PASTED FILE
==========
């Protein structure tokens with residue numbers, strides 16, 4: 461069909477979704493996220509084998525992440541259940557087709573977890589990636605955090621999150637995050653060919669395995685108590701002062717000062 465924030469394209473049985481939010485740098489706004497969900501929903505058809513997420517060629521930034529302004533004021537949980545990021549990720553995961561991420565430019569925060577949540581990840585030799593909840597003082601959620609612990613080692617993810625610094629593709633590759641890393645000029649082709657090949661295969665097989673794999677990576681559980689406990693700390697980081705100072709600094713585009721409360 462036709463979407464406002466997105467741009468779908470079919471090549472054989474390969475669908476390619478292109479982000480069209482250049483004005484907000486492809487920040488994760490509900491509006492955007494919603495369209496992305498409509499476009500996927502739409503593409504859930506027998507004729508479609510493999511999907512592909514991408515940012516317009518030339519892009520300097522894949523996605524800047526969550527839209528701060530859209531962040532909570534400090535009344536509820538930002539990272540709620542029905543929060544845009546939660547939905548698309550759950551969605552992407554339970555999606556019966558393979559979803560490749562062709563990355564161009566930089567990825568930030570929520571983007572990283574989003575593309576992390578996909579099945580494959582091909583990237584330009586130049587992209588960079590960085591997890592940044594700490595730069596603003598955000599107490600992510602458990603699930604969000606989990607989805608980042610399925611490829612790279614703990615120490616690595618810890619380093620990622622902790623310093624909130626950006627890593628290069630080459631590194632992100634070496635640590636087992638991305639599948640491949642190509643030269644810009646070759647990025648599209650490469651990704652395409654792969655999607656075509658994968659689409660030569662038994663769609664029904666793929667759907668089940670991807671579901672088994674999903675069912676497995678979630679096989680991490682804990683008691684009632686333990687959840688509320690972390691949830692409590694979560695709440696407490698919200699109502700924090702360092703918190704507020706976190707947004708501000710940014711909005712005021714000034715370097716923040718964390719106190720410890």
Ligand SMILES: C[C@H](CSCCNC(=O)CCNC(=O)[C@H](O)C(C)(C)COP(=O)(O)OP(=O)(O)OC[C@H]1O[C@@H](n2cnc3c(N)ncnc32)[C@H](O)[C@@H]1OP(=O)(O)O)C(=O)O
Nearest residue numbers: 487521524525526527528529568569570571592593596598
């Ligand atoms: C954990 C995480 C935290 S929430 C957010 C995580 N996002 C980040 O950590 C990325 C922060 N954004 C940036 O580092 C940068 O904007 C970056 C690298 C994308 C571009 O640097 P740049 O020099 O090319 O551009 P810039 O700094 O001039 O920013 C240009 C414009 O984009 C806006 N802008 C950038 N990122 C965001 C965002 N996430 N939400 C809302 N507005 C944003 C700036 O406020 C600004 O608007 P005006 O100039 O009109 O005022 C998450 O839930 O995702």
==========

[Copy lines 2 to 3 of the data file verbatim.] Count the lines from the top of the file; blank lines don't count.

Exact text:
Ligand SMILES: C[C@H](CSCCNC(=O)CCNC(=O)[C@H](O)C(C)(C)COP(=O)(O)OP(=O)(O)OC[C@H]1O[C@@H](n2cnc3c(N)ncnc32)[C@H](O)[C@@H]1OP(=O)(O)O)C(=O)O
Nearest residue numbers: 487521524525526527528529568569570571592593596598